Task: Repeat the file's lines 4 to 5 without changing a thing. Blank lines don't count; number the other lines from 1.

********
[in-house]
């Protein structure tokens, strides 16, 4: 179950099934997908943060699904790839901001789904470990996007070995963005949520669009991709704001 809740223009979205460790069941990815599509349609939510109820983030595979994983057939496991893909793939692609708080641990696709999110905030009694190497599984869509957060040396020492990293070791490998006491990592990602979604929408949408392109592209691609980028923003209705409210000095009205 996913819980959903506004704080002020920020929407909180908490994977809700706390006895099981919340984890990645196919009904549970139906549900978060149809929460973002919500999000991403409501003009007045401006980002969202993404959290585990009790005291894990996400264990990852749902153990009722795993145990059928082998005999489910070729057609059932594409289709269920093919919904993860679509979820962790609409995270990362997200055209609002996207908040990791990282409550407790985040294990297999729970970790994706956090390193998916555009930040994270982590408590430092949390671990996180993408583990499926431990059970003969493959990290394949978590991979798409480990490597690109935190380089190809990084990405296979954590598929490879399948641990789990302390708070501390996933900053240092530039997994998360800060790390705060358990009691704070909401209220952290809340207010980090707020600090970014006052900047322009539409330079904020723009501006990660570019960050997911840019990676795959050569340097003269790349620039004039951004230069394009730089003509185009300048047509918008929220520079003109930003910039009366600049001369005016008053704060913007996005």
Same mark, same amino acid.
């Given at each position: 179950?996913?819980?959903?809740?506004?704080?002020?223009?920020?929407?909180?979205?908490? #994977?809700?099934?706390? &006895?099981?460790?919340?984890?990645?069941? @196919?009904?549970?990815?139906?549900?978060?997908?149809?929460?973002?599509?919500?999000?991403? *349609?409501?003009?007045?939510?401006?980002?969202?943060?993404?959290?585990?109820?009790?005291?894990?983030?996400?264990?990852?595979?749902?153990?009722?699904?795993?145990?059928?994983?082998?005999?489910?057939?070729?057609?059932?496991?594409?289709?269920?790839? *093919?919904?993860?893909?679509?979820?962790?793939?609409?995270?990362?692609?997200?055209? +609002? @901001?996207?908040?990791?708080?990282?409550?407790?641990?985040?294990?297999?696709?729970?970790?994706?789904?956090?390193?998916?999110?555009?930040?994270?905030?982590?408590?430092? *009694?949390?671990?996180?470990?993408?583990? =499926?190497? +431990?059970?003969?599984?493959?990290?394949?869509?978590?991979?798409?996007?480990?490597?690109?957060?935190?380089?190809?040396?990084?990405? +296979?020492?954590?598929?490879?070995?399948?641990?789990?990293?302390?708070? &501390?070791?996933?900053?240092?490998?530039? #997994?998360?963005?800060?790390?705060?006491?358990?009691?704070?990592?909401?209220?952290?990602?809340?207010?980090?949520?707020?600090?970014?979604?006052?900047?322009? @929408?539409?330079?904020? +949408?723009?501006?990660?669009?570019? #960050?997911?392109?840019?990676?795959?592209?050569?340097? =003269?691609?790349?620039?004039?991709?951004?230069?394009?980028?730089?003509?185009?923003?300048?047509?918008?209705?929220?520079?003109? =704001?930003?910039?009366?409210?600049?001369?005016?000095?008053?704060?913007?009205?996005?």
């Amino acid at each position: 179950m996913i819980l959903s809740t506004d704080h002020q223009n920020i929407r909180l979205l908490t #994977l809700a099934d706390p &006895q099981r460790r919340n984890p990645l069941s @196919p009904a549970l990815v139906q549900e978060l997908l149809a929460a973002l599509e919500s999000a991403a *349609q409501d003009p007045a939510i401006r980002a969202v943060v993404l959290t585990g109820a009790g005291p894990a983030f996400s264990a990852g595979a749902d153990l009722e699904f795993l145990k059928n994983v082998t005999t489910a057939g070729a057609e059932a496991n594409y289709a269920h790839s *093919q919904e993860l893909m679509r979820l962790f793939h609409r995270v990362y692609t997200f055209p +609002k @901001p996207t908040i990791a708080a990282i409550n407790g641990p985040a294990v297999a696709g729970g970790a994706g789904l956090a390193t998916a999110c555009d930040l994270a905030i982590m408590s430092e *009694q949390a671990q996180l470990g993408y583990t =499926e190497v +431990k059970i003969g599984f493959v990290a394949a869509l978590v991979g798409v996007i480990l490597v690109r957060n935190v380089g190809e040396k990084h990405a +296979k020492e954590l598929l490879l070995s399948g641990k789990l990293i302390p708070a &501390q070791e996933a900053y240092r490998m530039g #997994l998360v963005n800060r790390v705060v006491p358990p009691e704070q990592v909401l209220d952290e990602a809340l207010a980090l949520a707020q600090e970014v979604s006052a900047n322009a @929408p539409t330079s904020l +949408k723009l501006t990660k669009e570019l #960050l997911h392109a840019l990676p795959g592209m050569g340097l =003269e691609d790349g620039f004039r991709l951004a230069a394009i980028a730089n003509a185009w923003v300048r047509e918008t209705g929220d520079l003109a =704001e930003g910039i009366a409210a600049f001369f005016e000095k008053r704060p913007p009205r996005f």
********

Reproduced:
């Given at each position: 179950?996913?819980?959903?809740?506004?704080?002020?223009?920020?929407?909180?979205?908490? #994977?809700?099934?706390? &006895?099981?460790?919340?984890?990645?069941? @196919?009904?549970?990815?139906?549900?978060?997908?149809?929460?973002?599509?919500?999000?991403? *349609?409501?003009?007045?939510?401006?980002?969202?943060?993404?959290?585990?109820?009790?005291?894990?983030?996400?264990?990852?595979?749902?153990?009722?699904?795993?145990?059928?994983?082998?005999?489910?057939?070729?057609?059932?496991?594409?289709?269920?790839? *093919?919904?993860?893909?679509?979820?962790?793939?609409?995270?990362?692609?997200?055209? +609002? @901001?996207?908040?990791?708080?990282?409550?407790?641990?985040?294990?297999?696709?729970?970790?994706?789904?956090?390193?998916?999110?555009?930040?994270?905030?982590?408590?430092? *009694?949390?671990?996180?470990?993408?583990? =499926?190497? +431990?059970?003969?599984?493959?990290?394949?869509?978590?991979?798409?996007?480990?490597?690109?957060?935190?380089?190809?040396?990084?990405? +296979?020492?954590?598929?490879?070995?399948?641990?789990?990293?302390?708070? &501390?070791?996933?900053?240092?490998?530039? #997994?998360?963005?800060?790390?705060?006491?358990?009691?704070?990592?909401?209220?952290?990602?809340?207010?980090?949520?707020?600090?970014?979604?006052?900047?322009? @929408?539409?330079?904020? +949408?723009?501006?990660?669009?570019? #960050?997911?392109?840019?990676?795959?592209?050569?340097? =003269?691609?790349?620039?004039?991709?951004?230069?394009?980028?730089?003509?185009?923003?300048?047509?918008?209705?929220?520079?003109? =704001?930003?910039?009366?409210?600049?001369?005016?000095?008053?704060?913007?009205?996005?």
């Amino acid at each position: 179950m996913i819980l959903s809740t506004d704080h002020q223009n920020i929407r909180l979205l908490t #994977l809700a099934d706390p &006895q099981r460790r919340n984890p990645l069941s @196919p009904a549970l990815v139906q549900e978060l997908l149809a929460a973002l599509e919500s999000a991403a *349609q409501d003009p007045a939510i401006r980002a969202v943060v993404l959290t585990g109820a009790g005291p894990a983030f996400s264990a990852g595979a749902d153990l009722e699904f795993l145990k059928n994983v082998t005999t489910a057939g070729a057609e059932a496991n594409y289709a269920h790839s *093919q919904e993860l893909m679509r979820l962790f793939h609409r995270v990362y692609t997200f055209p +609002k @901001p996207t908040i990791a708080a990282i409550n407790g641990p985040a294990v297999a696709g729970g970790a994706g789904l956090a390193t998916a999110c555009d930040l994270a905030i982590m408590s430092e *009694q949390a671990q996180l470990g993408y583990t =499926e190497v +431990k059970i003969g599984f493959v990290a394949a869509l978590v991979g798409v996007i480990l490597v690109r957060n935190v380089g190809e040396k990084h990405a +296979k020492e954590l598929l490879l070995s399948g641990k789990l990293i302390p708070a &501390q070791e996933a900053y240092r490998m530039g #997994l998360v963005n800060r790390v705060v006491p358990p009691e704070q990592v909401l209220d952290e990602a809340l207010a980090l949520a707020q600090e970014v979604s006052a900047n322009a @929408p539409t330079s904020l +949408k723009l501006t990660k669009e570019l #960050l997911h392109a840019l990676p795959g592209m050569g340097l =003269e691609d790349g620039f004039r991709l951004a230069a394009i980028a730089n003509a185009w923003v300048r047509e918008t209705g929220d520079l003109a =704001e930003g910039i009366a409210a600049f001369f005016e000095k008053r704060p913007p009205r996005f």